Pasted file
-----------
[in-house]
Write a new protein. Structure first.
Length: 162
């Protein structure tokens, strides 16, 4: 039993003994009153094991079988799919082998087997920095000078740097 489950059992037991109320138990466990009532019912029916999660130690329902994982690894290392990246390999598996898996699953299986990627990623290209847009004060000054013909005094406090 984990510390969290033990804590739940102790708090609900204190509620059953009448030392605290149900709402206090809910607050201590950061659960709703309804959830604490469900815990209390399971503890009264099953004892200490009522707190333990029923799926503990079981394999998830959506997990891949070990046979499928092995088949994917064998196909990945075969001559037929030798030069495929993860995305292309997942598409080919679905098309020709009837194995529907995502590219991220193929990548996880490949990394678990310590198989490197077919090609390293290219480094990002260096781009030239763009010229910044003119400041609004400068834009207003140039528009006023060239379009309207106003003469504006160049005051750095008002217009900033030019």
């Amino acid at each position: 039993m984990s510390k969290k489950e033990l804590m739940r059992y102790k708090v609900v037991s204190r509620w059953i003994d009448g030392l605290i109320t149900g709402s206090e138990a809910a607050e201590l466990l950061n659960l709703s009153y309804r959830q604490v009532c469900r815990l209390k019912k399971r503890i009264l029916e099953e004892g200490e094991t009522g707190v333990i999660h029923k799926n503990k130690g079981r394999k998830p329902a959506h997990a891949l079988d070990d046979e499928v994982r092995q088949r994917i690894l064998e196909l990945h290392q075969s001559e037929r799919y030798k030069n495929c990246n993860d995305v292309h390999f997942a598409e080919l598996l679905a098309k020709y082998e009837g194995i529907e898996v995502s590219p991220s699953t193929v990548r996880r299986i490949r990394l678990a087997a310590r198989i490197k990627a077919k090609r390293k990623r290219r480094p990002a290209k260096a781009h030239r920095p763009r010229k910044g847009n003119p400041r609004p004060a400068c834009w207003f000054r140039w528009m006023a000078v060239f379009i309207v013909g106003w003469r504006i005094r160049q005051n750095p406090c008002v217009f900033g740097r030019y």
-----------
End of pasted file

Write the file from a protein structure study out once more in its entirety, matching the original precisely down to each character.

[in-house]
Write a new protein. Structure first.
Length: 162
């Protein structure tokens, strides 16, 4: 039993003994009153094991079988799919082998087997920095000078740097 489950059992037991109320138990466990009532019912029916999660130690329902994982690894290392990246390999598996898996699953299986990627990623290209847009004060000054013909005094406090 984990510390969290033990804590739940102790708090609900204190509620059953009448030392605290149900709402206090809910607050201590950061659960709703309804959830604490469900815990209390399971503890009264099953004892200490009522707190333990029923799926503990079981394999998830959506997990891949070990046979499928092995088949994917064998196909990945075969001559037929030798030069495929993860995305292309997942598409080919679905098309020709009837194995529907995502590219991220193929990548996880490949990394678990310590198989490197077919090609390293290219480094990002260096781009030239763009010229910044003119400041609004400068834009207003140039528009006023060239379009309207106003003469504006160049005051750095008002217009900033030019």
């Amino acid at each position: 039993m984990s510390k969290k489950e033990l804590m739940r059992y102790k708090v609900v037991s204190r509620w059953i003994d009448g030392l605290i109320t149900g709402s206090e138990a809910a607050e201590l466990l950061n659960l709703s009153y309804r959830q604490v009532c469900r815990l209390k019912k399971r503890i009264l029916e099953e004892g200490e094991t009522g707190v333990i999660h029923k799926n503990k130690g079981r394999k998830p329902a959506h997990a891949l079988d070990d046979e499928v994982r092995q088949r994917i690894l064998e196909l990945h290392q075969s001559e037929r799919y030798k030069n495929c990246n993860d995305v292309h390999f997942a598409e080919l598996l679905a098309k020709y082998e009837g194995i529907e898996v995502s590219p991220s699953t193929v990548r996880r299986i490949r990394l678990a087997a310590r198989i490197k990627a077919k090609r390293k990623r290219r480094p990002a290209k260096a781009h030239r920095p763009r010229k910044g847009n003119p400041r609004p004060a400068c834009w207003f000054r140039w528009m006023a000078v060239f379009i309207v013909g106003w003469r504006i005094r160049q005051n750095p406090c008002v217009f900033g740097r030019y």